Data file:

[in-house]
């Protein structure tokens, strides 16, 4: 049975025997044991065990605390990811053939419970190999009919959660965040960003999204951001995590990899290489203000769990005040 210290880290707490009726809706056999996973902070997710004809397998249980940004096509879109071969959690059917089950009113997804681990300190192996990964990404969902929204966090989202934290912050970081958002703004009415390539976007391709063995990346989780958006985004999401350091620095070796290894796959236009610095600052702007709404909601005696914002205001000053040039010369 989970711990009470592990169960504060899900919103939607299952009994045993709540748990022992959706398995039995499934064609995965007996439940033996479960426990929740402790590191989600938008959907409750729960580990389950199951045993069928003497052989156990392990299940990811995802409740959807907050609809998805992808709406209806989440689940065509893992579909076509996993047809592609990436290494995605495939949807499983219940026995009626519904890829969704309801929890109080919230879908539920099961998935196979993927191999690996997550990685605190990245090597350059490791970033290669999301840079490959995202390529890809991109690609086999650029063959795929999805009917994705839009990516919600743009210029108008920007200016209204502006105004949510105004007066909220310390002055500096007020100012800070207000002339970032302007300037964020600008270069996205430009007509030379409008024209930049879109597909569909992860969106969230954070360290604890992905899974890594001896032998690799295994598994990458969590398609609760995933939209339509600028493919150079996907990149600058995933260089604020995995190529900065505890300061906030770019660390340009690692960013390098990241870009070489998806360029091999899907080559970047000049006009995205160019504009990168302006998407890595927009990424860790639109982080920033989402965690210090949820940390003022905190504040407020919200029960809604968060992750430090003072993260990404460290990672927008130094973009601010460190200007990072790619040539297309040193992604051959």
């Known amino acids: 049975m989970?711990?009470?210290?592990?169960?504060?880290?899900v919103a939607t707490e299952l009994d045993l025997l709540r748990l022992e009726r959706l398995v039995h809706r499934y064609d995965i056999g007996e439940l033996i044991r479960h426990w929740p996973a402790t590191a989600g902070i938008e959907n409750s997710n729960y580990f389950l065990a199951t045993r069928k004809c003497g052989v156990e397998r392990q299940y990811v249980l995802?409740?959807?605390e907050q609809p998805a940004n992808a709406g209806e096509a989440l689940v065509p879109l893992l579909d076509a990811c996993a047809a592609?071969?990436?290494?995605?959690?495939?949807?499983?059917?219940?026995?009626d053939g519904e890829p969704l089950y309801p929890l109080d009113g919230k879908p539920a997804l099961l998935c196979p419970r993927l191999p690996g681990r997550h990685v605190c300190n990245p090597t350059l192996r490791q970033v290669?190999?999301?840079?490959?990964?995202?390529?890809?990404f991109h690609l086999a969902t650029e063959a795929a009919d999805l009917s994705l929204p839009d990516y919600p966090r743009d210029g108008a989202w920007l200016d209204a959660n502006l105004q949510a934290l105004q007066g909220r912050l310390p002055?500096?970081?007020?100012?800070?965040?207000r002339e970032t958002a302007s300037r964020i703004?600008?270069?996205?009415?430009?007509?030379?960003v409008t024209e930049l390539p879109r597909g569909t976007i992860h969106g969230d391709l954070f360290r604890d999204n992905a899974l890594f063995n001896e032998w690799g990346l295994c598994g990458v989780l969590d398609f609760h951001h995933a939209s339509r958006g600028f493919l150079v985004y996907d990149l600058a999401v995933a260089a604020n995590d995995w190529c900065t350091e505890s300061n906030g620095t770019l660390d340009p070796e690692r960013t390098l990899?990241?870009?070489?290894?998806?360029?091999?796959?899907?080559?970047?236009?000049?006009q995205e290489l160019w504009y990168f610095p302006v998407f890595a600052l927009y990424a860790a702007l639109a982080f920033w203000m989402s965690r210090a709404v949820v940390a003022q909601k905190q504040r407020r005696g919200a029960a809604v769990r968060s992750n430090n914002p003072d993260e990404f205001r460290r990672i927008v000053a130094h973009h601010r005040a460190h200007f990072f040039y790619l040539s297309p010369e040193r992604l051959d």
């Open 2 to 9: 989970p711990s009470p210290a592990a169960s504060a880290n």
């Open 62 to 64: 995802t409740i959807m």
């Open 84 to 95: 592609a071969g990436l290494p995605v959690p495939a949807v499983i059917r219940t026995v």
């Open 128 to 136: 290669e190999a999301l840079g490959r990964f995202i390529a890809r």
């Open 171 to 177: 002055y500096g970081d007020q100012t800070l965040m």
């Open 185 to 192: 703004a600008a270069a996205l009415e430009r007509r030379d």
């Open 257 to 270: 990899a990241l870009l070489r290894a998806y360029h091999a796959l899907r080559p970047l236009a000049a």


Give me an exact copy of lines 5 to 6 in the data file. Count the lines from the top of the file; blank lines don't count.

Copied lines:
């Open 62 to 64: 995802t409740i959807m």
């Open 84 to 95: 592609a071969g990436l290494p995605v959690p495939a949807v499983i059917r219940t026995v």